You don't see a lot of Chardonnay in Spain. Being a French grape it doesn't travel south of the border all that often, even though it's very prevalent in new world wines.
While I'm partial to wines and vinegars that are grown in the traditional home of their grapes, Joseph Puig (pronounced "Poozh") is crafting chardonnay vinegar that's so outstanding it beats much of what I've had from France or elsewhere. So, tradition, stand aside for a moment. Let's have some of this.
Puig starts with wine from his own vineyard in the village of El Vendral, an hour's drive south of Barcelona. He blends unfermented grape juice with some of the previous year's vinegar, leaving it to convert to vinegar naturally over six months. Oak and chestnut barrels continue the aging. Borrowing from the sherry vinegar process, each year only a little is taken from each barrel, which is then refilled with new vinegar. It is rare to see this kind of attention given to simple, delicious wine vinegars. It's too bad. You really can taste the difference.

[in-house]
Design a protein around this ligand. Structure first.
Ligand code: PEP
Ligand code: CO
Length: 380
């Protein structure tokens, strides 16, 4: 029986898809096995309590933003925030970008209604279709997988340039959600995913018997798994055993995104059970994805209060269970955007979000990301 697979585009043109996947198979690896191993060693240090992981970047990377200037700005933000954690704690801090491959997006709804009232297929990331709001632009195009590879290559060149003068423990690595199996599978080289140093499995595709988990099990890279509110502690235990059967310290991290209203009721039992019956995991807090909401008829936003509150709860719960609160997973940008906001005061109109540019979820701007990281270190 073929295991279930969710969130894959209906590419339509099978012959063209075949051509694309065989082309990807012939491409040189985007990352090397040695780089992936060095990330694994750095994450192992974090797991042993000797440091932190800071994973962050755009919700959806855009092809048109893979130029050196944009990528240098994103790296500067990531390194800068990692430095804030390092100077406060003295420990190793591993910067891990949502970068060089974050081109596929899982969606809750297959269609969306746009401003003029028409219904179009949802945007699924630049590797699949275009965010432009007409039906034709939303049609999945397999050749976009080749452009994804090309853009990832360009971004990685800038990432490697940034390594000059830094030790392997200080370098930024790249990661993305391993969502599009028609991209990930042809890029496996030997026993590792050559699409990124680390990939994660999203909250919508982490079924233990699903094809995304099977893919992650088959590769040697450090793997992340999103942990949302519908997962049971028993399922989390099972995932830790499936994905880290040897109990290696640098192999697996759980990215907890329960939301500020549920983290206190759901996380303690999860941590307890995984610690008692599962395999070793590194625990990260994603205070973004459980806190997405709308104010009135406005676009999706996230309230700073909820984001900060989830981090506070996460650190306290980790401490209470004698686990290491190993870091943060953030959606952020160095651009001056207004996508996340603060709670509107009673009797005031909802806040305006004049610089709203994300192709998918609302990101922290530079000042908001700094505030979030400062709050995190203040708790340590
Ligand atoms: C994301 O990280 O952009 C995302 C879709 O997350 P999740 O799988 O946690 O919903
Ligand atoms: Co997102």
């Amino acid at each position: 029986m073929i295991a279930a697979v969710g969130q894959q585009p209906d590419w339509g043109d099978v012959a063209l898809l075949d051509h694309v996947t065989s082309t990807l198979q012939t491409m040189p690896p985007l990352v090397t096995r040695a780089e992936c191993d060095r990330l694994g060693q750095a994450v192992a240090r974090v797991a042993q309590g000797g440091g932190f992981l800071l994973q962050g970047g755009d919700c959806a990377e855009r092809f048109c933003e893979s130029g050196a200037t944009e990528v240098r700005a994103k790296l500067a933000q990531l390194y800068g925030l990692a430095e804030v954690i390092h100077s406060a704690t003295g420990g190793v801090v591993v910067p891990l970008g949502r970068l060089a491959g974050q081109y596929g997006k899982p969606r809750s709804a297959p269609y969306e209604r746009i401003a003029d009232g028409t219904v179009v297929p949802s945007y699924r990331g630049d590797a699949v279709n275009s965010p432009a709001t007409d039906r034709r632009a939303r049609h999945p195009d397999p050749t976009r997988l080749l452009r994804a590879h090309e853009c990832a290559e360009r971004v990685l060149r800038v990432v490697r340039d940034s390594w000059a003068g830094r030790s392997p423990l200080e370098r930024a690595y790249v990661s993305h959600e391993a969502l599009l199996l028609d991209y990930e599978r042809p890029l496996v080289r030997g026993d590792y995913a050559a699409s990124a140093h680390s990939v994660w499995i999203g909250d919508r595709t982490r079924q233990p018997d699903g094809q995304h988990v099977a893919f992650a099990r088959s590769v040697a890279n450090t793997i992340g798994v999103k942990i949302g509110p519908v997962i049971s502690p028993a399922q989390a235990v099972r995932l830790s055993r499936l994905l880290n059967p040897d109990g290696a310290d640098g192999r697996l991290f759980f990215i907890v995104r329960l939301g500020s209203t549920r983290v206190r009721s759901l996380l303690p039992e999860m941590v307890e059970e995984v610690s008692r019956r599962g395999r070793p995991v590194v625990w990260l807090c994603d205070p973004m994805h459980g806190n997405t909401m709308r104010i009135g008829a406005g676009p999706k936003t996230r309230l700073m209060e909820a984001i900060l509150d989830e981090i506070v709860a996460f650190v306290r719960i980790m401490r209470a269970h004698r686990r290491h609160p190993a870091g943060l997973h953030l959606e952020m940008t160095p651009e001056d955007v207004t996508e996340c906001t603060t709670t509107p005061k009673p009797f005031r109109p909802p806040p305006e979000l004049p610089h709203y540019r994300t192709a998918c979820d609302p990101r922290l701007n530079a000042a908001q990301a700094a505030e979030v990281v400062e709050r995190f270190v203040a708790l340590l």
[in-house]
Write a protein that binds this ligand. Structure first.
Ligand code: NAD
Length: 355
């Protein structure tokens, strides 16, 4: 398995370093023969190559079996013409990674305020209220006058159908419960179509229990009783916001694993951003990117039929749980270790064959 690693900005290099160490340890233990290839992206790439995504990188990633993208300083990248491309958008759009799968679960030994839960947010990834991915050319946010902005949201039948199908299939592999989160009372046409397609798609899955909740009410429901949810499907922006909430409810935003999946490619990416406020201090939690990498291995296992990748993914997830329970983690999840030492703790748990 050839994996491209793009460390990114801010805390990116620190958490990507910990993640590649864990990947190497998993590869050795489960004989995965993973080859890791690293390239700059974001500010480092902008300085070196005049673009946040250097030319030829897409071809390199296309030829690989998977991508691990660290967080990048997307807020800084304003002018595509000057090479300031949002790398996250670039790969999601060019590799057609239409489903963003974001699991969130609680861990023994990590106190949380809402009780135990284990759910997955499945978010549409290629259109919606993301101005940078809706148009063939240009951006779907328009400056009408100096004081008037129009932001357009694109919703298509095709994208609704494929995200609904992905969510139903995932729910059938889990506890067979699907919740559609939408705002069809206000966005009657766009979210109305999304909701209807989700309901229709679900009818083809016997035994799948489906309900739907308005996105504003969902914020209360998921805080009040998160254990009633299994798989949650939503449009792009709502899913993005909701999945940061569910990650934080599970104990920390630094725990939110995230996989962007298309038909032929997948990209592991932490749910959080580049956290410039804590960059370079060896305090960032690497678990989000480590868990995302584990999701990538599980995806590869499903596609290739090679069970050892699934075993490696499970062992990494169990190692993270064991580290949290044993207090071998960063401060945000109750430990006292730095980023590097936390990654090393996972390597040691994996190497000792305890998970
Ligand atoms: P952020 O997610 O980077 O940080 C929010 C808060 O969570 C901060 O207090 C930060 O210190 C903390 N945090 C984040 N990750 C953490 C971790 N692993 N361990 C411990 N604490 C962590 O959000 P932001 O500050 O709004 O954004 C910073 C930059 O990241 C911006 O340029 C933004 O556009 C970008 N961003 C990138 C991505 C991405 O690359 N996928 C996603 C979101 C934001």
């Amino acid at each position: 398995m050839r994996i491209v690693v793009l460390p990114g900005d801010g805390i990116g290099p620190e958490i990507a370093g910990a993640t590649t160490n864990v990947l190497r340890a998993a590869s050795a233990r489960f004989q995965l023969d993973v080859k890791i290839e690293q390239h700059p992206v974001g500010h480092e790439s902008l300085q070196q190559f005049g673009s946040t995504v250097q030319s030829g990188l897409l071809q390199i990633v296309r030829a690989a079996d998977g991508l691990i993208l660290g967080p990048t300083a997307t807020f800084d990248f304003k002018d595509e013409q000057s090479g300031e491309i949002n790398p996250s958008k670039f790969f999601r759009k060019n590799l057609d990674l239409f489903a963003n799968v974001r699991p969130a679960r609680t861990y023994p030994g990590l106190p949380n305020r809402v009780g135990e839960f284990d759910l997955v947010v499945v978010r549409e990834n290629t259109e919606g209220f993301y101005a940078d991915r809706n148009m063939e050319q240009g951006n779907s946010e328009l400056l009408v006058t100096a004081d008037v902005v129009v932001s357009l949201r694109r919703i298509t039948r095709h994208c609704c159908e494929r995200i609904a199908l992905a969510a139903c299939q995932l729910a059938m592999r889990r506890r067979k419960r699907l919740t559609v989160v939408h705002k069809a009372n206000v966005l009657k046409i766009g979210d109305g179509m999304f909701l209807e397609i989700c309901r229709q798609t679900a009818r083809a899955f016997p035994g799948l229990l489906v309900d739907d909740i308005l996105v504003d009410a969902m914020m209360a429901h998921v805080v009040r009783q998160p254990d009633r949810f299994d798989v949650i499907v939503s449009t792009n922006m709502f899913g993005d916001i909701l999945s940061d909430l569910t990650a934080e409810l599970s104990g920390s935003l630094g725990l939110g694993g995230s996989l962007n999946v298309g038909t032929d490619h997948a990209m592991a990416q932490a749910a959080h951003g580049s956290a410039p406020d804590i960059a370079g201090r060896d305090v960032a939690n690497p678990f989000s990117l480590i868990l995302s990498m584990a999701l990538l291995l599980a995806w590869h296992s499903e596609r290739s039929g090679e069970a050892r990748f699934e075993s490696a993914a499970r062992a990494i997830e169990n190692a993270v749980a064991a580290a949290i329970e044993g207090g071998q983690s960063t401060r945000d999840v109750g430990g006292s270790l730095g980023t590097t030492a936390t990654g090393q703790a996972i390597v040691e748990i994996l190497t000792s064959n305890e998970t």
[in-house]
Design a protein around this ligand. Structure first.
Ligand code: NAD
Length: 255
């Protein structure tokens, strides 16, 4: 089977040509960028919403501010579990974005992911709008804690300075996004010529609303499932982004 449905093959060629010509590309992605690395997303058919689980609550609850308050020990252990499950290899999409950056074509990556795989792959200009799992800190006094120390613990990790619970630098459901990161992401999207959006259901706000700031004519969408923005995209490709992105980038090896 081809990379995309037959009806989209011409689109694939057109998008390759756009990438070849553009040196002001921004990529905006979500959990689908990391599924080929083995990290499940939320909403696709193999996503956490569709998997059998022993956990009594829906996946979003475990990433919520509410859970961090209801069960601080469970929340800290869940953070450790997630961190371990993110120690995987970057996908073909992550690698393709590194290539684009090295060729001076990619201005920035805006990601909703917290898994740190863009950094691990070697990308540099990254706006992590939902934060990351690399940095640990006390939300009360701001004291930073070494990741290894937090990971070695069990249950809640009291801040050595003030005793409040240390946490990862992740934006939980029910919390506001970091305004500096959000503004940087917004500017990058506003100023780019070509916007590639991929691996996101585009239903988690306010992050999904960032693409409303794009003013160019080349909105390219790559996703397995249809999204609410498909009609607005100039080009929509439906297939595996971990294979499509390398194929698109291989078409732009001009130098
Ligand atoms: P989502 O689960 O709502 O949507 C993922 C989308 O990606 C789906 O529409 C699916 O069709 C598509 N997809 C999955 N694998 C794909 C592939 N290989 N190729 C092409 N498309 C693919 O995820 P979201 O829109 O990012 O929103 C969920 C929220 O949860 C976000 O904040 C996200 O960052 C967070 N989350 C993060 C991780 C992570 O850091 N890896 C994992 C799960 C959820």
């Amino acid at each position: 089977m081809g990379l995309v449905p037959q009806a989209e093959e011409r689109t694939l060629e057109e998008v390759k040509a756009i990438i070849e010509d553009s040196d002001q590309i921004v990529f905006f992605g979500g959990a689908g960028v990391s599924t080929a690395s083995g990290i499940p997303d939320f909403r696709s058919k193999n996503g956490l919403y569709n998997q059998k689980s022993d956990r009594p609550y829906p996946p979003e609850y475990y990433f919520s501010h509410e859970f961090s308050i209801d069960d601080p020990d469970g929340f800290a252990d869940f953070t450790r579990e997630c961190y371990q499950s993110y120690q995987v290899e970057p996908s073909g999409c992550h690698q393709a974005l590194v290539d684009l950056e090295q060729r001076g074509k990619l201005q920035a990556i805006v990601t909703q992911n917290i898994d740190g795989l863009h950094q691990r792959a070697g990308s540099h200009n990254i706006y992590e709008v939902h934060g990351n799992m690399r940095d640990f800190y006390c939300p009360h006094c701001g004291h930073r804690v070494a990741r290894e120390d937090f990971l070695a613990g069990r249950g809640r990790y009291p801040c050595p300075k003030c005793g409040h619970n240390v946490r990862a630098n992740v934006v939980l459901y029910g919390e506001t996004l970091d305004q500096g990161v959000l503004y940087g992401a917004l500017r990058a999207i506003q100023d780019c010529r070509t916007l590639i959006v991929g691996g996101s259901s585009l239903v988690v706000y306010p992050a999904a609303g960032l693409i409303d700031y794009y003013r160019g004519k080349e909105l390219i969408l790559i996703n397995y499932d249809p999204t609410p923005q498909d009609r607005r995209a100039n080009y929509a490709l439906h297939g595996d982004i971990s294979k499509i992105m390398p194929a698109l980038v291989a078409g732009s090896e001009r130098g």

With a sweet, subtly oaky flavor that is delicious everywhere, I use it to delglaze pans for fish or chicken, but it works well in any recipe that calls for a bit of white wine vinegar.